At that time there was also an intense focus on Medicaid and Medicare in the debate over cutting the federal budget deficit. This was fairly disingenuous, since the deficits of the 1980s had not been caused by growth in such entitlements, despite Republican disinformation campaigns. Entitlement spending remained essentially flat throughout the Reagan and Bush administrations, as a percentage of GNP. The deficits happened because the Reagan tax cuts left the government without enough income to pay its expenses, and the problem was subsequently compounded by growing interest on the national debt. Still, the focus on Medicare and Medicaid was not wholly ridiculous because these programs were growing very fast. This trend threatened to wipe out any progress on the deficit in future years.

Because of this confluence of interests-workers who didn't have insurance or were worried about losing it, on the one hand; corporations, state governments, and deficit hawks who didn't want to pay for it on the other-we had a window of time in which it appeared as though some form of radical restructuring could be achieved.

Understanding the confluence of interests that favored reform helps us to understand the opposition. It may seem confusing at first look. The military-industrial complex, after all, wants the government to spend the most possible on weaponry. Why shouldn't the medical-industrial complex be in favor of an expanded federal role in health care? However, the Administration proposal aimed at driving down the prices paid to drug companies, medical equipment vendors, hospitals, insurers, and other participants in the medical economy. Some physicians, particularly in the highest priced specialties, would have lost income. This was the best thing about the proposal, and also its doom.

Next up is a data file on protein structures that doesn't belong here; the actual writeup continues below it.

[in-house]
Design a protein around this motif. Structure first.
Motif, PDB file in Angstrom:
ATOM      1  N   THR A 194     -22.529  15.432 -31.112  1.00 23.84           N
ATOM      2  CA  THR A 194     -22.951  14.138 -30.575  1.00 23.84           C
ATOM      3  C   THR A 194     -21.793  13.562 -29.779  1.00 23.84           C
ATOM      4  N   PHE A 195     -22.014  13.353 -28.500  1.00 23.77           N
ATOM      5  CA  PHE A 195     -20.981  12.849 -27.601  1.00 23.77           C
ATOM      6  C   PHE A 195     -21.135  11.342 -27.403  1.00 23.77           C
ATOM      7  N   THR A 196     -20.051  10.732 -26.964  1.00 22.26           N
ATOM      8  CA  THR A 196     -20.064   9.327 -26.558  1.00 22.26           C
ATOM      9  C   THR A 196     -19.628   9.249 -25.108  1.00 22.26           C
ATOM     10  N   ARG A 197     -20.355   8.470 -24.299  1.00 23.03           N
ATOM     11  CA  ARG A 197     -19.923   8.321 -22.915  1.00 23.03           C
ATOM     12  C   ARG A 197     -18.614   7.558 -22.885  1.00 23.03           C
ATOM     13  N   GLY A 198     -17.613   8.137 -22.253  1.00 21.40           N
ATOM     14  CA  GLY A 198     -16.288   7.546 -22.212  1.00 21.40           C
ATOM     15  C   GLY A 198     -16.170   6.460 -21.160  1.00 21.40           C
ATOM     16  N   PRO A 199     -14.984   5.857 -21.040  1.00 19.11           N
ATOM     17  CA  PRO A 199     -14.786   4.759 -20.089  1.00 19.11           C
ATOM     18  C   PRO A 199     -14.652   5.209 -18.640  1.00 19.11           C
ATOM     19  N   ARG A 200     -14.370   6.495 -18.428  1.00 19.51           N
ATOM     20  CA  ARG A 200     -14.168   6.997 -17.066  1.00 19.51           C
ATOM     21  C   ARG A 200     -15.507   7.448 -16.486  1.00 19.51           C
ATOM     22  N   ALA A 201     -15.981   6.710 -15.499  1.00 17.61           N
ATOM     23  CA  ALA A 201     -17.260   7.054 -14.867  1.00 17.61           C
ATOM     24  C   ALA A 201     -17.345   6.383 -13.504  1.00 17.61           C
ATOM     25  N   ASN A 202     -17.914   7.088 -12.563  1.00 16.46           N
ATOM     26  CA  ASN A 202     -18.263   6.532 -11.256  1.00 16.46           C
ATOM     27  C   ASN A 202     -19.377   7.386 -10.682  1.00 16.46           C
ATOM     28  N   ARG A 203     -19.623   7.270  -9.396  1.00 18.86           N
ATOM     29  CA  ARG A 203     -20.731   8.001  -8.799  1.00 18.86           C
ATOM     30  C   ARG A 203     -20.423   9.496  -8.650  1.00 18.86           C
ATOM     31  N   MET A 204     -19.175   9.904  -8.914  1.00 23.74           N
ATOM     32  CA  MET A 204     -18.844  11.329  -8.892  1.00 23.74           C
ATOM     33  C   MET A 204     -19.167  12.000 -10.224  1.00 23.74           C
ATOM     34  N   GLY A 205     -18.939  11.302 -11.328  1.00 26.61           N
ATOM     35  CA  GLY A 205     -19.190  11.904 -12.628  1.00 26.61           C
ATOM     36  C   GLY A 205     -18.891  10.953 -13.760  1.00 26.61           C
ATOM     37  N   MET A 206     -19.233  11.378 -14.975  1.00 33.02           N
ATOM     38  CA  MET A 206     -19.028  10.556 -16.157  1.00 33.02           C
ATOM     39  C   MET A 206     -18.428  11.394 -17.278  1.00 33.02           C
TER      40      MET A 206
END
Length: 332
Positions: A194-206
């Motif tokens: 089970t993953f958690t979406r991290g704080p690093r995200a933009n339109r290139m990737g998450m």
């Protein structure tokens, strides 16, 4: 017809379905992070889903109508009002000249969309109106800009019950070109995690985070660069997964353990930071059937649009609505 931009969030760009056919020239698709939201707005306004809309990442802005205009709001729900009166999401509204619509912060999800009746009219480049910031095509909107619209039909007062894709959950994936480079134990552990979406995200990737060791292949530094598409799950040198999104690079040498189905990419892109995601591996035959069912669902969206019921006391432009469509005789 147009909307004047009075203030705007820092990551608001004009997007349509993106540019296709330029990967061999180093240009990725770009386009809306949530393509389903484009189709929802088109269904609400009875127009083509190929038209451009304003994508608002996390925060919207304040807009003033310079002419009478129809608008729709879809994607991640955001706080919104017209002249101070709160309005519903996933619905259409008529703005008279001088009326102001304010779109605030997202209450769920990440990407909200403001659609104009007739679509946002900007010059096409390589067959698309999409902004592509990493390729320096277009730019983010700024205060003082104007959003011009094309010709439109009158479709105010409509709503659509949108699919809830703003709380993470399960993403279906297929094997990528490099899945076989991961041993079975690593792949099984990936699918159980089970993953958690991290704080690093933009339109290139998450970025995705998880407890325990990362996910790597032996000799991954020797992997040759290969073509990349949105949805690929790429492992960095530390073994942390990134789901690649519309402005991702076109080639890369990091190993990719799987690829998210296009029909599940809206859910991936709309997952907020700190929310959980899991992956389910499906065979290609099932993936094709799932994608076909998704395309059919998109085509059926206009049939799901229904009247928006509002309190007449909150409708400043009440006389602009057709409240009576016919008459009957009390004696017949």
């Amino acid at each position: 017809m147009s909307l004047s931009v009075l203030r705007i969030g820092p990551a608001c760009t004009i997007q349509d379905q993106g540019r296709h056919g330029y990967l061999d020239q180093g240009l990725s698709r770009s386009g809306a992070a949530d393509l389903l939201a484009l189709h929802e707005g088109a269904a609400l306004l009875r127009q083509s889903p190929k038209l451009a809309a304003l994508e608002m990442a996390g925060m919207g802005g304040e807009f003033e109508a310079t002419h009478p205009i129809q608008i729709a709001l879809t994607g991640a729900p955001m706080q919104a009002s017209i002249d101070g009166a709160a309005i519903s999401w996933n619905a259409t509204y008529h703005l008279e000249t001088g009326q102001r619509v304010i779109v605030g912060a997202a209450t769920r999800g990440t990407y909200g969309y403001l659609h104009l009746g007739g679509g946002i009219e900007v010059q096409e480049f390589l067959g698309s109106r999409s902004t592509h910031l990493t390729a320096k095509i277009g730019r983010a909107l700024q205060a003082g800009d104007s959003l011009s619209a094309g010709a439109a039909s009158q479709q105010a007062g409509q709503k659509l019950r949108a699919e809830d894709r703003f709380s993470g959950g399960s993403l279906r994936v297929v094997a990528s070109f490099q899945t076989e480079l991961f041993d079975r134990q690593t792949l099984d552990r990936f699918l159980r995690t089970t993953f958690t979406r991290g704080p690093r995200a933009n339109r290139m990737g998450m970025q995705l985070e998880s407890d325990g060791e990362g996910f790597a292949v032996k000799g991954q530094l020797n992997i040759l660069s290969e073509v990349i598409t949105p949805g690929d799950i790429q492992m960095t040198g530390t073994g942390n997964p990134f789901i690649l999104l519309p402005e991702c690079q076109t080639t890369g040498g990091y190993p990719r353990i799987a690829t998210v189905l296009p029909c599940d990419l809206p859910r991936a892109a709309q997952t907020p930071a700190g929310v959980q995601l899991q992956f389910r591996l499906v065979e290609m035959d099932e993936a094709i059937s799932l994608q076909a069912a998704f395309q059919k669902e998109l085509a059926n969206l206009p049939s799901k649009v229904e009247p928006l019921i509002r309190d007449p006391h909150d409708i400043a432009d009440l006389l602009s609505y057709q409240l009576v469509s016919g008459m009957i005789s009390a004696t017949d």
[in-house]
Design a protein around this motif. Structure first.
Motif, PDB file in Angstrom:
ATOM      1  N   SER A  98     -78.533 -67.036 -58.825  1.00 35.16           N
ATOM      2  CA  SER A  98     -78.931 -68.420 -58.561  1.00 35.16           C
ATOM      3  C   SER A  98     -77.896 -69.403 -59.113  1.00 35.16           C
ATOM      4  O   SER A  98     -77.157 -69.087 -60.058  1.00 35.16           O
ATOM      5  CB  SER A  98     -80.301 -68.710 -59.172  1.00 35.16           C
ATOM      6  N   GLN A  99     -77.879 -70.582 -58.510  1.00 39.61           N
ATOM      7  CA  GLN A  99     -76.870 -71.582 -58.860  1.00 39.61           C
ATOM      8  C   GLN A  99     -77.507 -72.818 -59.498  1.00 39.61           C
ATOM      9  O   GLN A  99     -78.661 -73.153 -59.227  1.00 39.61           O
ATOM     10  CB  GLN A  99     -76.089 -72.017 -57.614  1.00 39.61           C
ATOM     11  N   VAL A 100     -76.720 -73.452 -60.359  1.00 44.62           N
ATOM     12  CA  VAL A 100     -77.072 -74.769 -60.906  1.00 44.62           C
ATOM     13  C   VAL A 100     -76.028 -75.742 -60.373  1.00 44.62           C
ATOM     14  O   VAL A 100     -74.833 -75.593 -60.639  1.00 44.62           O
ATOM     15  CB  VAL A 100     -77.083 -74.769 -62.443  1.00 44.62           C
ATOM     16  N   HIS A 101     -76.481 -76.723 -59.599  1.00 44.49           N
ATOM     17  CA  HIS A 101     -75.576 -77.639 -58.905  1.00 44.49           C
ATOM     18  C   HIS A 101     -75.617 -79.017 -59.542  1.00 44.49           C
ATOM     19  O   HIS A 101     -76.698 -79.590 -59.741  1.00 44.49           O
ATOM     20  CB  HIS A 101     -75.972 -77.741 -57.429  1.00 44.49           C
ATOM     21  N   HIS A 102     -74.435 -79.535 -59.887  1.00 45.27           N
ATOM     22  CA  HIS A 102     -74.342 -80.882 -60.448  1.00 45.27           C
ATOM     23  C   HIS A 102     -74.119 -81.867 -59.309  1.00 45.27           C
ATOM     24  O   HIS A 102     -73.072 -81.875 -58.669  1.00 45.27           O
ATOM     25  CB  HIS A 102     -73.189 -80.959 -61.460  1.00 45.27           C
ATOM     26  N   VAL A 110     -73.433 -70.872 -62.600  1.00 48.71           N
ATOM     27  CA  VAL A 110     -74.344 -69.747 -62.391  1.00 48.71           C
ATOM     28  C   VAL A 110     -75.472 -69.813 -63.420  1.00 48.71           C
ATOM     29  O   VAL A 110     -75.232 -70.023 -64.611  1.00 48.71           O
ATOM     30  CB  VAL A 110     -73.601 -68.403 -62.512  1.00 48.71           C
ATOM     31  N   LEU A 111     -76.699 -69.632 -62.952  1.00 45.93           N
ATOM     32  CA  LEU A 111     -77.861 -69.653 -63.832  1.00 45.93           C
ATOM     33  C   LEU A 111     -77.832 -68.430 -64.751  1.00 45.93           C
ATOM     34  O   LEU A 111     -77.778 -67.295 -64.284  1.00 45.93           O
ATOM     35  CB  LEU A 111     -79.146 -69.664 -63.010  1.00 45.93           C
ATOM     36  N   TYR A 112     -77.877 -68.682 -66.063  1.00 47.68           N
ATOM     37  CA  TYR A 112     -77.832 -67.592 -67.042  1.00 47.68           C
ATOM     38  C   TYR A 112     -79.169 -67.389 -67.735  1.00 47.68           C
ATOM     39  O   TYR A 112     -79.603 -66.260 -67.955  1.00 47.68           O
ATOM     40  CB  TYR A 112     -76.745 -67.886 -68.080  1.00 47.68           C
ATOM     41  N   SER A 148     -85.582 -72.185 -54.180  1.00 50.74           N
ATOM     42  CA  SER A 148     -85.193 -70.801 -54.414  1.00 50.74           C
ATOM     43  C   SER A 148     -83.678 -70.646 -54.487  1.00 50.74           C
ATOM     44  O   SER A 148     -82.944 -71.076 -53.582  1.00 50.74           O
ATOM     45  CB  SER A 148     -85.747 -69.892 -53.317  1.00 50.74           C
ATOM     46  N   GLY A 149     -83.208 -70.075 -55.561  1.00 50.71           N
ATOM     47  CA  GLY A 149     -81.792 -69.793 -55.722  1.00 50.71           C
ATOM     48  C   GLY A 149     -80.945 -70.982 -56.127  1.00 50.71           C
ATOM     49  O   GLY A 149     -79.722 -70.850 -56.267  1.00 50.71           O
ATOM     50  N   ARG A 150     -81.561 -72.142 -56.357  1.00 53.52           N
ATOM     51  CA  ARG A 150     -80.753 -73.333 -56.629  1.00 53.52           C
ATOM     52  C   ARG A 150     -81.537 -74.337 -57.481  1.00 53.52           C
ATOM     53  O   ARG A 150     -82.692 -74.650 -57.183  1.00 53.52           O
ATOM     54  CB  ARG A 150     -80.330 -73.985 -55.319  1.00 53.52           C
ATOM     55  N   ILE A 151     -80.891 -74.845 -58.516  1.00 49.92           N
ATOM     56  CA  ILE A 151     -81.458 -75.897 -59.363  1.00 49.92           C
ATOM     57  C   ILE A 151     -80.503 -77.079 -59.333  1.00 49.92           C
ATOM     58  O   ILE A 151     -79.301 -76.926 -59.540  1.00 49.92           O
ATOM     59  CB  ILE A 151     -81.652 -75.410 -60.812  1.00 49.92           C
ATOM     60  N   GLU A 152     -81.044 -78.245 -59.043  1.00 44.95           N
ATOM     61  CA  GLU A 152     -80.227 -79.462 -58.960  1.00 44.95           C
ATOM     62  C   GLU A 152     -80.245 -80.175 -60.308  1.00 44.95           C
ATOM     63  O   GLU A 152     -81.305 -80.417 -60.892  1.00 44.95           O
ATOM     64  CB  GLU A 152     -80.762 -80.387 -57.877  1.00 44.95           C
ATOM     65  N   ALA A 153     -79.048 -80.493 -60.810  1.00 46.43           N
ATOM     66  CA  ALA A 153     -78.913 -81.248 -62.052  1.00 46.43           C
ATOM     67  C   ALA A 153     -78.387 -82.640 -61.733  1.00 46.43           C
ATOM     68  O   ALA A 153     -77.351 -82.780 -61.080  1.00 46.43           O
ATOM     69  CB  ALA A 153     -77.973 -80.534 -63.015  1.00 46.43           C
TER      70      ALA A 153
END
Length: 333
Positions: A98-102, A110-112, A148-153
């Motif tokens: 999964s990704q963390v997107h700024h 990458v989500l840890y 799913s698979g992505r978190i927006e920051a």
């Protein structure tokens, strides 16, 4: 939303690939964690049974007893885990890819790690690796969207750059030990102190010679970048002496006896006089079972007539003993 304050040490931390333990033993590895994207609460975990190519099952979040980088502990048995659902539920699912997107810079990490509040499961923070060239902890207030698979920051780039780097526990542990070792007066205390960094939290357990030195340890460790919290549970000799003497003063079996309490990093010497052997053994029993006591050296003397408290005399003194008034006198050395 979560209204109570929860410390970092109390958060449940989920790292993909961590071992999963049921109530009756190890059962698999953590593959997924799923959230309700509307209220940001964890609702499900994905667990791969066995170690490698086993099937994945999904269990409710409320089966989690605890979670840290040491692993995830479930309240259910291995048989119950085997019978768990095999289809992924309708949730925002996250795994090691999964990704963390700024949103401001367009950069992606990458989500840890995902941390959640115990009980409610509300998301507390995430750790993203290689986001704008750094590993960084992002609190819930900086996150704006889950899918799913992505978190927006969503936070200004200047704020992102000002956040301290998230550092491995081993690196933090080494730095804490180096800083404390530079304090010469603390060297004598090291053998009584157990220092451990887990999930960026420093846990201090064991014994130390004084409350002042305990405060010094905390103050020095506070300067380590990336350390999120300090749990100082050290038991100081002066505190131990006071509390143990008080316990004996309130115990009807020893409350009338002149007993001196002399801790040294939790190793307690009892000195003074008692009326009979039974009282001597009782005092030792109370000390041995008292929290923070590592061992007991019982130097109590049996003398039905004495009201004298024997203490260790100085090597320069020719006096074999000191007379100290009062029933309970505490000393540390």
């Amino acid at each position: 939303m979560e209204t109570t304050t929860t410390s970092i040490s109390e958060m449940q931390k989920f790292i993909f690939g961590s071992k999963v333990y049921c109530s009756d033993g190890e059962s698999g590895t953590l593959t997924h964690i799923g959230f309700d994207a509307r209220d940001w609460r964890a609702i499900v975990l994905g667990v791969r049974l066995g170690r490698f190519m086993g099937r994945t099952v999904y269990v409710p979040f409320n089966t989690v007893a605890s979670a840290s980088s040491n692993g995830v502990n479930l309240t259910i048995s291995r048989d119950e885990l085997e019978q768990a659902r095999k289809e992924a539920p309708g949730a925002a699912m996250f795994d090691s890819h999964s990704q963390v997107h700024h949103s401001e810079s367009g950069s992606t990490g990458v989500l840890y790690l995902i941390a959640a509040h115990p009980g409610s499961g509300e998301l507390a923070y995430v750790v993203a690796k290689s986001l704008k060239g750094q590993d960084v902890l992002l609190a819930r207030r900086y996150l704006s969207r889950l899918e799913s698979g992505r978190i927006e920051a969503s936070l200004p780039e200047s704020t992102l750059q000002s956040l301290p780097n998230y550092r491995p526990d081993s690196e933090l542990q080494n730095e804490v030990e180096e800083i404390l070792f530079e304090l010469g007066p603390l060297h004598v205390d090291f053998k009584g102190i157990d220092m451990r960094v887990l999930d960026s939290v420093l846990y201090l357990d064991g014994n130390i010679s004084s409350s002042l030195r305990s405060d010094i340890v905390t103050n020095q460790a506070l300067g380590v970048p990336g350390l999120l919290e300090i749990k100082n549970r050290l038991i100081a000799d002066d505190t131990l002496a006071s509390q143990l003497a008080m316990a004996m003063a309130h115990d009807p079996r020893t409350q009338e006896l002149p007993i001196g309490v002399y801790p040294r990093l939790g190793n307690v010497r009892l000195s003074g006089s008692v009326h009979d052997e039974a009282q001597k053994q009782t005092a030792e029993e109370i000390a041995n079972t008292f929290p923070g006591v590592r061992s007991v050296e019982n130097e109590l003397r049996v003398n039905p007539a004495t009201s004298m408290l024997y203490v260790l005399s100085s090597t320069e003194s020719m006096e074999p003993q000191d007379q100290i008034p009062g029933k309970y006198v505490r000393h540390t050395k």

This also helps explain why attention to health care reform has largely died down since 1993, even though more people today are uninsured and those who are insured are increasingly unhappy with the kind of care they receive. The growth in medical costs has slowed temporarily, as both public and private payers move consumers into managed care arrangements; hence the powerful interests that made reform a viable issue in the past do not feel the same urgency today. ...


Now let me address an important question that may have been troubling some readers. How do those other countries manage to keep costs below ours while covering everybody, without creating the same problems? There are some variations in the details, but I'll use Canada as an example because it makes the main points clear.

Canada has what's called a single payer system. In every province of Canada, there is only one health insurer, which is a public authority. Immediately, that means there is no competition among insurers, with all of the problems we have seen. By law, the single payer covers every legal resident. (Non-legal residents who show up will get care, by the way, although they may get deported or, if they are tourists, they will get a bill.) The coverage is financed by tax revenues, which are as progressive as the province cares to make them, so it can be affordable for everyone, and in Canada, in fact, it is.

Since all providers are in the plan, by definition, there is free choice of providers. In general, primary care is not managed (though there have been recent experiments in this direction). For the most part, it's based on an indemnity model. You go to see your doctor, you and the doctor decide what needs to be done, the doctor sends the bill to the single payer. Utilization review exists but with a light touch. Basically, they look for patterns of billing that suggest fraud or malpractice. They can do this easily because all providers' billing records are in a single database.

Where they do most to control costs is where the greatest costs are located, that is hospital care and particularly high tech procedures. Hospitals are put on an annual operating budget, with a separate capital budget. Hospitals can't compete to have the most high tech equipment, and they don't all need a maternity ward, etc., because the single payer figures out what capital resources are really needed for the province, and authorizes only those. So the perverse effects of competition among hospitals are eliminated.

The hospital's annual operating budget is based on what it has historically cost to serve the population in its area, plus an adjustment for changing population, new technology, etc. This is negotiated between the hospital and the authorities. Then the hospital has the responsibility for allocating this money to best effect in terms of health outcomes and the amelioration of suffering.